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Tamarillo or tree tomato aji hot sauce {Ecuadorian ají de tomate de árbol}

Recipe for Ecuadorian ají de tomate de árbol, a mild hot sauce made with tamarillo or tree tomato fruits, hot peppers (called ajíes), onion, cilantro, lime juice, salt, and water or oil.

Ecuadorian aji hot sauce recipe

En Español 

Tamarillo or tree tomato aji hot sauce, called ají de tomate de árbol in Ecuador,  is a very tasty hot sauce made from tree tomatoes or tamarillos, hot peppers, onion, cilantro and lime juice. A tree tomato or tomate de arbol, also known as tamarillo, is a South American fruit that looks somewhat like a roma tomato, but pointier and with a thicker skin. 

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Ecuadorian tamarillo or tree tomato hot sauce

Tree tomatoes can be either yellow orangish or dark red depending on the variety, the inside of the fruit will be either orange, dark red or almost purple. They can be eaten just plain, but make sure they are very ripe if eating them plain – they are very tart. Tamarillos or tree tomatoes are used frequently in juices and in desserts (cooked in a panela or sugar cane syrup with cinnamon, clove and other spices). One of the most well known way to use them is to make this aji or hot sauce, which is usually mild to medium spicy, and is served with a lot of different Ecuadorian dishes.

This tamarillo hot sauce is a must-have for green plantain empanadas (or any empanadas), yuca bread, plantain chips, tamales, humitas (a fresh corn tamale) and goes great with potatoes, fish and meat, basically with almost anything.

Aji de tomate de arbol or tree tomato hot sauce

It is very hard to find tree tomatoes in the US, most of the time when you find them they come from New Zealand (so please send us more). In Austin I was able to find them at Fiesta and also occasionally at Central Market. I’ve seen tree tomatoes or tamarillos only a few times in Seattle, once at QFC (U-District) and at Uwajimaya. I asked once at Pike Place Market and was told that several years ago an attempt to introduce them into Seattle was made but it wasn’t successful.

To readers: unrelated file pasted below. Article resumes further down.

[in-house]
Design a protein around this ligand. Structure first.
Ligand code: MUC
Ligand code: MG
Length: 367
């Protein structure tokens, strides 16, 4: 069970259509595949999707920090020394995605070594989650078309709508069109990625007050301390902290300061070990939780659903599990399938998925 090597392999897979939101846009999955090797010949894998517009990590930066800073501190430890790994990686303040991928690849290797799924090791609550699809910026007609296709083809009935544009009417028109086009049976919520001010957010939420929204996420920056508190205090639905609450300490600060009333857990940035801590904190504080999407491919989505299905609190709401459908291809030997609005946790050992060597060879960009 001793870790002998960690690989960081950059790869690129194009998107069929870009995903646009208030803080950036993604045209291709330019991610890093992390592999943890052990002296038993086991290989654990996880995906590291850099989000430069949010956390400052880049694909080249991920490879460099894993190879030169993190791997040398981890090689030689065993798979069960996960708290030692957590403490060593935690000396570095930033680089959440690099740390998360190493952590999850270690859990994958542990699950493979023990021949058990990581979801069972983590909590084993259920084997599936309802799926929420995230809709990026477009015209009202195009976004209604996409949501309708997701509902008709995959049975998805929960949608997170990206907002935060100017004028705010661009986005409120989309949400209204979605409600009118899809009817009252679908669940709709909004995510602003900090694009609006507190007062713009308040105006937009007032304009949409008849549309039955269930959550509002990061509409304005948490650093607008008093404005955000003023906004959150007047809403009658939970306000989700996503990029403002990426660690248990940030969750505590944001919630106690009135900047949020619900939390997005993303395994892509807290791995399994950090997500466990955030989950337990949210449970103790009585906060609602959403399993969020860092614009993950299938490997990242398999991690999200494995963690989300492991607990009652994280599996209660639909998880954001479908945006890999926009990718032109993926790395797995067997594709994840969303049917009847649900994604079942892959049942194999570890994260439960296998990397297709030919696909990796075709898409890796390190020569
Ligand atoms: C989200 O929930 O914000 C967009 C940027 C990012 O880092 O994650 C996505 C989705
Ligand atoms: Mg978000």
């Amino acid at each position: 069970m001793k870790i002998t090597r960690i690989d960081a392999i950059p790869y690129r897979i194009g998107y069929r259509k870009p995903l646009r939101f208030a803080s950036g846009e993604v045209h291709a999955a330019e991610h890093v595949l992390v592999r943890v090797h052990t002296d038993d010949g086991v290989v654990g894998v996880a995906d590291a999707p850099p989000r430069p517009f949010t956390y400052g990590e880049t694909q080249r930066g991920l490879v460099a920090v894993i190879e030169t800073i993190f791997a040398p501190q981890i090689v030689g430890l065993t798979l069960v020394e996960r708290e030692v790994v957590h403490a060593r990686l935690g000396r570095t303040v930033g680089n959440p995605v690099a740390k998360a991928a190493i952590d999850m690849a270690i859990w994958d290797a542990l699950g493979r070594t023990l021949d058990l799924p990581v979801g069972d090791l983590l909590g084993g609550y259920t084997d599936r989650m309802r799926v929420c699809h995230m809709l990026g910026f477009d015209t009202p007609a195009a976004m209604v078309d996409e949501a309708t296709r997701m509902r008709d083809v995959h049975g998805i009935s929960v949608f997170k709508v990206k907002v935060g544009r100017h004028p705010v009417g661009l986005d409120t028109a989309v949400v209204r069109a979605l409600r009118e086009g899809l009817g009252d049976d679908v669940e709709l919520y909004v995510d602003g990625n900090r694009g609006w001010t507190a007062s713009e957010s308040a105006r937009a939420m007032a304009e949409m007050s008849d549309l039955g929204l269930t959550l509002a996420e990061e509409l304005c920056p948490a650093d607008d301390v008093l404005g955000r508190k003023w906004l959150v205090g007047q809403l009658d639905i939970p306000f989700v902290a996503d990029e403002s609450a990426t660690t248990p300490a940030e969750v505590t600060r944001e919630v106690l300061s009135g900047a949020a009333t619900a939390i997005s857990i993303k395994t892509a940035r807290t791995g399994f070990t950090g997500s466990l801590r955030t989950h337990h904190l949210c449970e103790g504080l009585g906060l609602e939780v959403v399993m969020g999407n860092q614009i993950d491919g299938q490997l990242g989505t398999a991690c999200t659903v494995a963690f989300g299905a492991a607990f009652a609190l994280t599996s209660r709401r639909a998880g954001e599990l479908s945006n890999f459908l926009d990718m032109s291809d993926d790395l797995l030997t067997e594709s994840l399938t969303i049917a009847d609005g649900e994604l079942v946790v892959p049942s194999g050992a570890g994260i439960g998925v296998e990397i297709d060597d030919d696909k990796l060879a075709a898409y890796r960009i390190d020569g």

You can find the tree tomato pulp frozen and it works well for juice but doesn’t do too well for this hot sauce (but it’s better than nothing if you have a craving), however sometimes you can find the actual fruits frozen at the Latin grocery stores,  then the hot sauce is almost as good as when made with the fresh fruit.

Tamarillo or tree tomato fruits in Ecuador

This is the basic recipe for tree tomato aji, in some places in Ecuador – especially in Quito – it is very common to add chochos (lupini beans) to this aji, so if you have some on hand feel free to add them. I also love the Cuencano version of tree tomato aji, it’s very smooth and creamy since they blend it with some oil.

Ecuadorian tamarillo or tree tomato hot sauce

Tamarillo or tree tomato ají hot sauce / Ecuadorian ají de tomate de árbol

Tamarillo or tree tomato aji hot sauce is a very tasty hot sauce made from tree tomatoes or tamarillos, hot peppers, onion, cilantro and lime juice.
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Course: Salsa, Sauce
Cuisine: Ecuadorian, Latin, South American
Keyword: Aji, Aji sauce, Ecuadorian aji sauce, Tamarillo, Tomate de arbol, Tree tomato
Prep Time: 5 minutes
Cook Time: 5 minutes
Total Time: 10 minutes
Servings: 1 to 1 1/2 cups of tamarillo or tree tomato aji


  • 4-5 tree tomatoes fresh or frozen
  • 2 ajies or hot peppers serranos or red chilies are good options, habaneros if you are very brave
  • 2 tbs finely chopped white onion
  • 1 tbs finely chopped cilantro
  • 1 tbs lime or lemon juice
  • ¼ cup water
  • Salt to taste
  • Optional – Add cooked and peeled chochos or lupini beans


  • If using fresh tree tomatoes peel them, boil them for about 5 minutes to make it easier to peel them.